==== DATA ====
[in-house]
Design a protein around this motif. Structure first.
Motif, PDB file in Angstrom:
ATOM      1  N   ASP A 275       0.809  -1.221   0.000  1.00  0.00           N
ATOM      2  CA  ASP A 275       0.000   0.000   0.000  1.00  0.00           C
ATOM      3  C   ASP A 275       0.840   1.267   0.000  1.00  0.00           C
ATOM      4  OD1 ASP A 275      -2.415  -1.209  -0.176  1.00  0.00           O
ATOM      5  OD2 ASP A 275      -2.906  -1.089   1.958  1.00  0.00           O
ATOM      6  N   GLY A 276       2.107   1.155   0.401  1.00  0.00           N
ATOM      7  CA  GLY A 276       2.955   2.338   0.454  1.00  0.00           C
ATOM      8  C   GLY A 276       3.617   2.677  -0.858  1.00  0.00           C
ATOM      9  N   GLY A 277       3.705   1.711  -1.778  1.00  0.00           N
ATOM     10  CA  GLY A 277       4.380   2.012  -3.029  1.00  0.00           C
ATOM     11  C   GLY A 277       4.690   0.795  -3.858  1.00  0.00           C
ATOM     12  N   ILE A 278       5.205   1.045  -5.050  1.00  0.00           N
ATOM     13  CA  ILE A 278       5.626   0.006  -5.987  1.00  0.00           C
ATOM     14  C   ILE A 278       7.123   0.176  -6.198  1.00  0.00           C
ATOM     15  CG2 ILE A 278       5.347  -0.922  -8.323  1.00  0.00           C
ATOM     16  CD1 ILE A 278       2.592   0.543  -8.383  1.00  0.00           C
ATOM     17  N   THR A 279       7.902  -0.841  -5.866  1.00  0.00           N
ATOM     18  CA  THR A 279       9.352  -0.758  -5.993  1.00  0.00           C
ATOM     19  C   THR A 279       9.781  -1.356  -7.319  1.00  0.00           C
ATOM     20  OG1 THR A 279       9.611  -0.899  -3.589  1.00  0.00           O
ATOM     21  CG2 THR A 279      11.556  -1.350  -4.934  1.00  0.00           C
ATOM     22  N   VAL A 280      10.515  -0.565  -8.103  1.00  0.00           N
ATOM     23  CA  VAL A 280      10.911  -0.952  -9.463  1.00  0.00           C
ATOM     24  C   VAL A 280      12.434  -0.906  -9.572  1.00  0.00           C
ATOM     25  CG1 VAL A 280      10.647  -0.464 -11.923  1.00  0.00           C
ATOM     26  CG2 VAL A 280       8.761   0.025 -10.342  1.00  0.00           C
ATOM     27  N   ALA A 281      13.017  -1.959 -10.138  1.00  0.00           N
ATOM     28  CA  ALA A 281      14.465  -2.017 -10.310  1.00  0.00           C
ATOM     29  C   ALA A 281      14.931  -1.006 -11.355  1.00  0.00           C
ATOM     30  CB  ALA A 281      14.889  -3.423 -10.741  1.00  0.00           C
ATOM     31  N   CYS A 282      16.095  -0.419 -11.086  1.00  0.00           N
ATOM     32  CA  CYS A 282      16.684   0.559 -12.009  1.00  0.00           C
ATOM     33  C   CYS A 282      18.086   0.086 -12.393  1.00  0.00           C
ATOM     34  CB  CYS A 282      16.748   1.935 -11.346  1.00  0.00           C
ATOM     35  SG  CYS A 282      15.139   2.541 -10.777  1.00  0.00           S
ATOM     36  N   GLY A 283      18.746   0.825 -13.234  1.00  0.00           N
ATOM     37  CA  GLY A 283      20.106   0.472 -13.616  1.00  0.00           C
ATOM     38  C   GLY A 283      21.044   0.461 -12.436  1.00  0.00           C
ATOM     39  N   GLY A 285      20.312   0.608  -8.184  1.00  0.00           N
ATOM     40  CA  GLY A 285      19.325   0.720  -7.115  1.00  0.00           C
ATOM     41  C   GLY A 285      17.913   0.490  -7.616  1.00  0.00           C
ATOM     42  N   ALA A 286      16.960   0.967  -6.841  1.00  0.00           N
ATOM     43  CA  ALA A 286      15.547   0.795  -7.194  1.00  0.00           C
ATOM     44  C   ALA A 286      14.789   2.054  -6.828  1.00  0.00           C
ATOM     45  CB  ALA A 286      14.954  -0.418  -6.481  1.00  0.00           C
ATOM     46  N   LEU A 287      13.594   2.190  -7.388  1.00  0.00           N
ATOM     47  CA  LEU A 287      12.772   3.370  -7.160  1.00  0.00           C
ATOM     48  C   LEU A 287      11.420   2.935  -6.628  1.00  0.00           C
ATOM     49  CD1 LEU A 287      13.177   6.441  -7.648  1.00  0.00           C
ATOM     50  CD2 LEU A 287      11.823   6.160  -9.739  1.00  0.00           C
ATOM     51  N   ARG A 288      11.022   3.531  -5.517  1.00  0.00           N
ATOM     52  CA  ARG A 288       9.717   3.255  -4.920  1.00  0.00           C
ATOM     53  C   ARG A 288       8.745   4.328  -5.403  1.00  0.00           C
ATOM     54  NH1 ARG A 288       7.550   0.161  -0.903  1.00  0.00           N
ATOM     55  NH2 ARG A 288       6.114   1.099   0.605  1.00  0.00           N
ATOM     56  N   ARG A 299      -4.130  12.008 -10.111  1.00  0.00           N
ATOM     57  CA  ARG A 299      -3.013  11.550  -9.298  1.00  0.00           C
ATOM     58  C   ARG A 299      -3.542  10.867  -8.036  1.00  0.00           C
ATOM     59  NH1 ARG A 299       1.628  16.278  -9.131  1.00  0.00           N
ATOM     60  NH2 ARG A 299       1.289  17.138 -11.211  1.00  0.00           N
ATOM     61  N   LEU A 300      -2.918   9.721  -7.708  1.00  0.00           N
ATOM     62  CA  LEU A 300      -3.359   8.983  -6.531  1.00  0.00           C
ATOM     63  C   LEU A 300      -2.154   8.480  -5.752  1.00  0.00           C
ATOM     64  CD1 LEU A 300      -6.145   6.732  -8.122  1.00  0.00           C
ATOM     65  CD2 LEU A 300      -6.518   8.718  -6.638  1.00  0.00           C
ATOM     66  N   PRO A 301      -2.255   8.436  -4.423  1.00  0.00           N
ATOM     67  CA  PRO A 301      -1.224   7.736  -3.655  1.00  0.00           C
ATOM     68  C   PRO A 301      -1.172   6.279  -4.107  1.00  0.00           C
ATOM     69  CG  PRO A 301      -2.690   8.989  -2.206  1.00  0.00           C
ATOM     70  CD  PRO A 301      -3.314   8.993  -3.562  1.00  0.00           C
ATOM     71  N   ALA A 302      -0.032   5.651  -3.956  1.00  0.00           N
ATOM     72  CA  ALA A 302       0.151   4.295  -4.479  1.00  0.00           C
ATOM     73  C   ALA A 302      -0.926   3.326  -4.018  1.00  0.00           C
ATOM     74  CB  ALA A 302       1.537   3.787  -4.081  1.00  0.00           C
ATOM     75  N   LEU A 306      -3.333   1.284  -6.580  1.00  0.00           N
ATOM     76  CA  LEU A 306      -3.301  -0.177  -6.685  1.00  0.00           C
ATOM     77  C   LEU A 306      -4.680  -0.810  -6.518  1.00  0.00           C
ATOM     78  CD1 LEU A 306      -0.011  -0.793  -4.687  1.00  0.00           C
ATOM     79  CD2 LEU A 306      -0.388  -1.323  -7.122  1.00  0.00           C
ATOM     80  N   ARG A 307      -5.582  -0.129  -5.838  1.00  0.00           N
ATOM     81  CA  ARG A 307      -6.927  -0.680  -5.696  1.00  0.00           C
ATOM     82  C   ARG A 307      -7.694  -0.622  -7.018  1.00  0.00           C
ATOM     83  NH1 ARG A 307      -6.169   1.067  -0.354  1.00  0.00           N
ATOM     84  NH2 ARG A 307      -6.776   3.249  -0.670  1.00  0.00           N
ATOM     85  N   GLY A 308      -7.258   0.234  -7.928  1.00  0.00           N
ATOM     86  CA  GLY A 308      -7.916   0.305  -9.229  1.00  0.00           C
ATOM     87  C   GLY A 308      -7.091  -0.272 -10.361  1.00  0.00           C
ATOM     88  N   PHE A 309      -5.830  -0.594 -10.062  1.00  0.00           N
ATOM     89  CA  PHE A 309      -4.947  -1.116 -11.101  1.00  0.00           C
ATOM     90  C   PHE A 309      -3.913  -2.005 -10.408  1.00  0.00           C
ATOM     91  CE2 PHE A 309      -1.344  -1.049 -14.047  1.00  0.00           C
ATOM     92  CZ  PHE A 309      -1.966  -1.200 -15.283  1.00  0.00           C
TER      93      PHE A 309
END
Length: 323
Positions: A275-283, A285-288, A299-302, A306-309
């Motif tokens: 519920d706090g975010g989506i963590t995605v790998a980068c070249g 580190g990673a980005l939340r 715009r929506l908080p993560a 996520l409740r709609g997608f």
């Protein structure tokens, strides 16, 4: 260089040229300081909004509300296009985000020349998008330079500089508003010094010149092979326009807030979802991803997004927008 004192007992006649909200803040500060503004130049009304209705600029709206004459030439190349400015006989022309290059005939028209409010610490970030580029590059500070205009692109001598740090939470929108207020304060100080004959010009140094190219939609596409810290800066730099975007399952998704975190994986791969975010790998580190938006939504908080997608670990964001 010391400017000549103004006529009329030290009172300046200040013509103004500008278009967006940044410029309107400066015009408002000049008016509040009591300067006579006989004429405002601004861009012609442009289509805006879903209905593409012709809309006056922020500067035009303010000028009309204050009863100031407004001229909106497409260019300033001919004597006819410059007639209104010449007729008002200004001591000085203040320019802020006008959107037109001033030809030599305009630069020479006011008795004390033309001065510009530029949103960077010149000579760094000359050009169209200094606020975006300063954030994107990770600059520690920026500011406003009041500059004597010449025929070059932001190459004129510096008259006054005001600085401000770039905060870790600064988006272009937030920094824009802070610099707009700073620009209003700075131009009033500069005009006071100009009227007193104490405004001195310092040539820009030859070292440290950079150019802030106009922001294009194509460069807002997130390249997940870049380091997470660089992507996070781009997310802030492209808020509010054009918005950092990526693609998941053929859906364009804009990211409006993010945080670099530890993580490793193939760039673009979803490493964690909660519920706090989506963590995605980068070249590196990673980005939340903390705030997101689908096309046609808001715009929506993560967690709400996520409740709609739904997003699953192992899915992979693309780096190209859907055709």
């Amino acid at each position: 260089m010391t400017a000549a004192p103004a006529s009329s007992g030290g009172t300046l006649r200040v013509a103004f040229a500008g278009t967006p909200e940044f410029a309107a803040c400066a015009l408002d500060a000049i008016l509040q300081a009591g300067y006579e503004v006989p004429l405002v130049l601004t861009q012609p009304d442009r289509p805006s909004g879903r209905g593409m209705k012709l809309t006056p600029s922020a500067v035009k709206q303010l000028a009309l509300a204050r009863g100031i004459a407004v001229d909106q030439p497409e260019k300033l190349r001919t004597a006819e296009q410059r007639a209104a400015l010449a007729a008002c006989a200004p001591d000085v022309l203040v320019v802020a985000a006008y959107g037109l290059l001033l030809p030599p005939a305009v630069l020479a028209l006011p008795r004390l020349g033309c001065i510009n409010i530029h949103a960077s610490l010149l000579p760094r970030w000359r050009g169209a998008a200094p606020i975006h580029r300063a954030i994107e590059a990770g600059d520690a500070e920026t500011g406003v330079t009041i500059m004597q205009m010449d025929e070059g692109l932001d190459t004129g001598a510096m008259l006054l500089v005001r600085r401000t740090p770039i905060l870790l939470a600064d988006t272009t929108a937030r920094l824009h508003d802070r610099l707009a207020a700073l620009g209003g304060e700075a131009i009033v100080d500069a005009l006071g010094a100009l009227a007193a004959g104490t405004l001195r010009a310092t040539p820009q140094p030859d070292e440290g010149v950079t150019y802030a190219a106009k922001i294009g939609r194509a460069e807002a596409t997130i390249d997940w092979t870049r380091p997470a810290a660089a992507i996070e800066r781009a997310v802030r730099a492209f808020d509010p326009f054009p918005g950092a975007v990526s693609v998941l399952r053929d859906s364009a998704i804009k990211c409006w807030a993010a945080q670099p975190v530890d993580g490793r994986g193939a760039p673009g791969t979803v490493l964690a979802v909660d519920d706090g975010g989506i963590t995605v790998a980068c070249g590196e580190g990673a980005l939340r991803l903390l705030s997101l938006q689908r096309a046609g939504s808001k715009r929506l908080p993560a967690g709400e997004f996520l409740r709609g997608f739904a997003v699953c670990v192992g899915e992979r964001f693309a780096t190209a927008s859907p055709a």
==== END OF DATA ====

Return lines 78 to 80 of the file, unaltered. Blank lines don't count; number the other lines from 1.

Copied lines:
ATOM     75  N   LEU A 306      -3.333   1.284  -6.580  1.00  0.00           N
ATOM     76  CA  LEU A 306      -3.301  -0.177  -6.685  1.00  0.00           C
ATOM     77  C   LEU A 306      -4.680  -0.810  -6.518  1.00  0.00           C